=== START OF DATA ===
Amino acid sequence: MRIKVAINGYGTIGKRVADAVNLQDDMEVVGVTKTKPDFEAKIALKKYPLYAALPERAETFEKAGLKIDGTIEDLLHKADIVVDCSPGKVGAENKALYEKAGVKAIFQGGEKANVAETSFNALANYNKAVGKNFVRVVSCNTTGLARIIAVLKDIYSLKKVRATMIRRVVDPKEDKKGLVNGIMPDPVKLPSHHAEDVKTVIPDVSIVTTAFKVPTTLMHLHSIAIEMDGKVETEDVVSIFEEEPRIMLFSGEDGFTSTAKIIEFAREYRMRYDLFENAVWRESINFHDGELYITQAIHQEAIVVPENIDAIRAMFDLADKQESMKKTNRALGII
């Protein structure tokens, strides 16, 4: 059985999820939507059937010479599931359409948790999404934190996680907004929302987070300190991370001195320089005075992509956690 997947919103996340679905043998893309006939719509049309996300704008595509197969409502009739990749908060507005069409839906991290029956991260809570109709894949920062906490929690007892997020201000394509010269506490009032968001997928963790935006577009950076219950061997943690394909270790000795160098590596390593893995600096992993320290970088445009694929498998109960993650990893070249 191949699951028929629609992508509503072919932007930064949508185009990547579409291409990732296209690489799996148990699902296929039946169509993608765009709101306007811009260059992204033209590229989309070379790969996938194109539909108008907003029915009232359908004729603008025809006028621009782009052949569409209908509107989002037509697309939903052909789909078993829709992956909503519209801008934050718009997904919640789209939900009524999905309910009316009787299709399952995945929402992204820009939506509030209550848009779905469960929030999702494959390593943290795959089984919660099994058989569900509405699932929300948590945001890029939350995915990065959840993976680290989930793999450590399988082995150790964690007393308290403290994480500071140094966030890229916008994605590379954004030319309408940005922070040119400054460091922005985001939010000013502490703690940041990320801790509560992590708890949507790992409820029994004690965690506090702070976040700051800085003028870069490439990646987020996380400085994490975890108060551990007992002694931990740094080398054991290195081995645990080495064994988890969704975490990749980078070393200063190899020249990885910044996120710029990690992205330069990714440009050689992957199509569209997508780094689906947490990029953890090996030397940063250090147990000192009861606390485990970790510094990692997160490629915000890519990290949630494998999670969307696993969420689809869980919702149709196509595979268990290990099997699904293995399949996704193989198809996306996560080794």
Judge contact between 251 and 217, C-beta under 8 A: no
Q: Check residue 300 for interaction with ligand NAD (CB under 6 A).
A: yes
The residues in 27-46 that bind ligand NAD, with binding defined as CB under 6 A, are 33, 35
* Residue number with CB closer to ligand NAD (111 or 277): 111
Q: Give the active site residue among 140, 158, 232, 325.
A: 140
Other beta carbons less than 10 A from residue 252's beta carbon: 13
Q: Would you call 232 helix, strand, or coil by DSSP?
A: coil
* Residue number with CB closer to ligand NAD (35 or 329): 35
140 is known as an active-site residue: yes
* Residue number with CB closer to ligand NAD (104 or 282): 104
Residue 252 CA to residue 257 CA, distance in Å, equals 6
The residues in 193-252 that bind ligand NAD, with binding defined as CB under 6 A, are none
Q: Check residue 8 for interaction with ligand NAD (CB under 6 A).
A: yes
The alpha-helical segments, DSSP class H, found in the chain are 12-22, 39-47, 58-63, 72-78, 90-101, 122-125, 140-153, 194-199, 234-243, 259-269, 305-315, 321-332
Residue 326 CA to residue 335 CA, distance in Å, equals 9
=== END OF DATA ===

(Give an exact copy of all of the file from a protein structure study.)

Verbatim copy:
Amino acid sequence: MRIKVAINGYGTIGKRVADAVNLQDDMEVVGVTKTKPDFEAKIALKKYPLYAALPERAETFEKAGLKIDGTIEDLLHKADIVVDCSPGKVGAENKALYEKAGVKAIFQGGEKANVAETSFNALANYNKAVGKNFVRVVSCNTTGLARIIAVLKDIYSLKKVRATMIRRVVDPKEDKKGLVNGIMPDPVKLPSHHAEDVKTVIPDVSIVTTAFKVPTTLMHLHSIAIEMDGKVETEDVVSIFEEEPRIMLFSGEDGFTSTAKIIEFAREYRMRYDLFENAVWRESINFHDGELYITQAIHQEAIVVPENIDAIRAMFDLADKQESMKKTNRALGII
């Protein structure tokens, strides 16, 4: 059985999820939507059937010479599931359409948790999404934190996680907004929302987070300190991370001195320089005075992509956690 997947919103996340679905043998893309006939719509049309996300704008595509197969409502009739990749908060507005069409839906991290029956991260809570109709894949920062906490929690007892997020201000394509010269506490009032968001997928963790935006577009950076219950061997943690394909270790000795160098590596390593893995600096992993320290970088445009694929498998109960993650990893070249 191949699951028929629609992508509503072919932007930064949508185009990547579409291409990732296209690489799996148990699902296929039946169509993608765009709101306007811009260059992204033209590229989309070379790969996938194109539909108008907003029915009232359908004729603008025809006028621009782009052949569409209908509107989002037509697309939903052909789909078993829709992956909503519209801008934050718009997904919640789209939900009524999905309910009316009787299709399952995945929402992204820009939506509030209550848009779905469960929030999702494959390593943290795959089984919660099994058989569900509405699932929300948590945001890029939350995915990065959840993976680290989930793999450590399988082995150790964690007393308290403290994480500071140094966030890229916008994605590379954004030319309408940005922070040119400054460091922005985001939010000013502490703690940041990320801790509560992590708890949507790992409820029994004690965690506090702070976040700051800085003028870069490439990646987020996380400085994490975890108060551990007992002694931990740094080398054991290195081995645990080495064994988890969704975490990749980078070393200063190899020249990885910044996120710029990690992205330069990714440009050689992957199509569209997508780094689906947490990029953890090996030397940063250090147990000192009861606390485990970790510094990692997160490629915000890519990290949630494998999670969307696993969420689809869980919702149709196509595979268990290990099997699904293995399949996704193989198809996306996560080794």
Judge contact between 251 and 217, C-beta under 8 A: no
Q: Check residue 300 for interaction with ligand NAD (CB under 6 A).
A: yes
The residues in 27-46 that bind ligand NAD, with binding defined as CB under 6 A, are 33, 35
* Residue number with CB closer to ligand NAD (111 or 277): 111
Q: Give the active site residue among 140, 158, 232, 325.
A: 140
Other beta carbons less than 10 A from residue 252's beta carbon: 13
Q: Would you call 232 helix, strand, or coil by DSSP?
A: coil
* Residue number with CB closer to ligand NAD (35 or 329): 35
140 is known as an active-site residue: yes
* Residue number with CB closer to ligand NAD (104 or 282): 104
Residue 252 CA to residue 257 CA, distance in Å, equals 6
The residues in 193-252 that bind ligand NAD, with binding defined as CB under 6 A, are none
Q: Check residue 8 for interaction with ligand NAD (CB under 6 A).
A: yes
The alpha-helical segments, DSSP class H, found in the chain are 12-22, 39-47, 58-63, 72-78, 90-101, 122-125, 140-153, 194-199, 234-243, 259-269, 305-315, 321-332
Residue 326 CA to residue 335 CA, distance in Å, equals 9